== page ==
Statement of Purpose

- So, where do you come from?
- I'm from Moldova.
Usually, the foreign interlocutor turns very confused and might even ask:
- Is it somewhere in the Pacific?
And I smile.
- No. It's in Europe, between Romania and Ukraine. We used to be a republic within the Soviet Union, and obtained independence in 1991. In the interwar years, though, we were a province in Romania, and...

And my story can go on for hours: coming from Moldova sounds like living a continuous socio-politico-economic-cultural adventure. It is extremely difficult even for the most truly interested outlander to understand, for instance, how can I speak English so well, without having ever visited an English speaking country or any other countries, except Romania and Ukraine. I am asked again:
- Why?
- I would need a visa. It’s expensive and you have to meet a lot of requirements.
- But you speak Romanian as well; you study in Romania, in fact. Aren’t you… Romanian or something?
- No, I’m not. I mean, I am, my family is trying for six years already to recover the citizenship my grandparents lost in 1940. It’s a very long and complicated process and there are a lot of Moldavians in the same situation. Maybe you heard Europe is afraid of a whole million of new European citizens. They’re people from Moldova, when they all get their Romanian passports.
- Of course, Romania’s in the EU now. Would this mean that…
- Yes, I need a visa for Romania, too. Somehow, I need a visa for my country.
- Oh, and you’re supposed to speak Russian; that’s so cool!
- Yes, it is, but it has been a compulsory discipline, which made me slightly hostile towards it and Russia, in general, though I know it’s a subjective matter.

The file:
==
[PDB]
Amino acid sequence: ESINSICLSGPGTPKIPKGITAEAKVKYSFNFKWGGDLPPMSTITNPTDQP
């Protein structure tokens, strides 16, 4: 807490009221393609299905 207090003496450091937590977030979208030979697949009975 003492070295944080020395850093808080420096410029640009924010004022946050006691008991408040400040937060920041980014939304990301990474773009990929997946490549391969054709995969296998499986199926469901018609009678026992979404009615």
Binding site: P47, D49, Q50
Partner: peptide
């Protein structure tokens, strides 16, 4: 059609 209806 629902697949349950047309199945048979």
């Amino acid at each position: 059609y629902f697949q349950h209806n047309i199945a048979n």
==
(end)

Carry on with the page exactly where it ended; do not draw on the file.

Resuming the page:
- I see. Do you feel at home in Romania, then?
- Yes and no. Historically, it IS my country, where people speak my language; which means that, yes, I should feel at home. Yet, the Soviet era and the recent governance of the communist party in Moldova, created several gaps between Romania and Moldova, which, in my opinion, are already impossible to surpass. Finally, I’m a stranger, I’m an ‘international student’, as they say, and I can’t borrow books from the library. It’s like in that song, with the Englishman, feeling like an alien in New York.
And we laugh.
- But you said they’re gone now, the communists. Can’t Moldova, I don’t know… unite with Romania?
I smile again.
- I seriously doubt it’s possible. I seriously doubt it’s even necessary or that it would help anyone. This ‘unification’ issue is some kind of a national anguish: a sense of guilt and duty from Romania and, on the other hand, a feeling of injury and boycott from Moldova. And Russia, and the EU… It’s a very delicate matter, I’m not sure you want to know about it.
- I wouldn’t understand it completely, anyway. Thanks for the story, though. So, what do you intend to do? You’re a good debater; you’re about to become a bachelor of philosophy…
- Thank you. I want to continue studying. I’d go for Oxford.
My interlocutor smiles.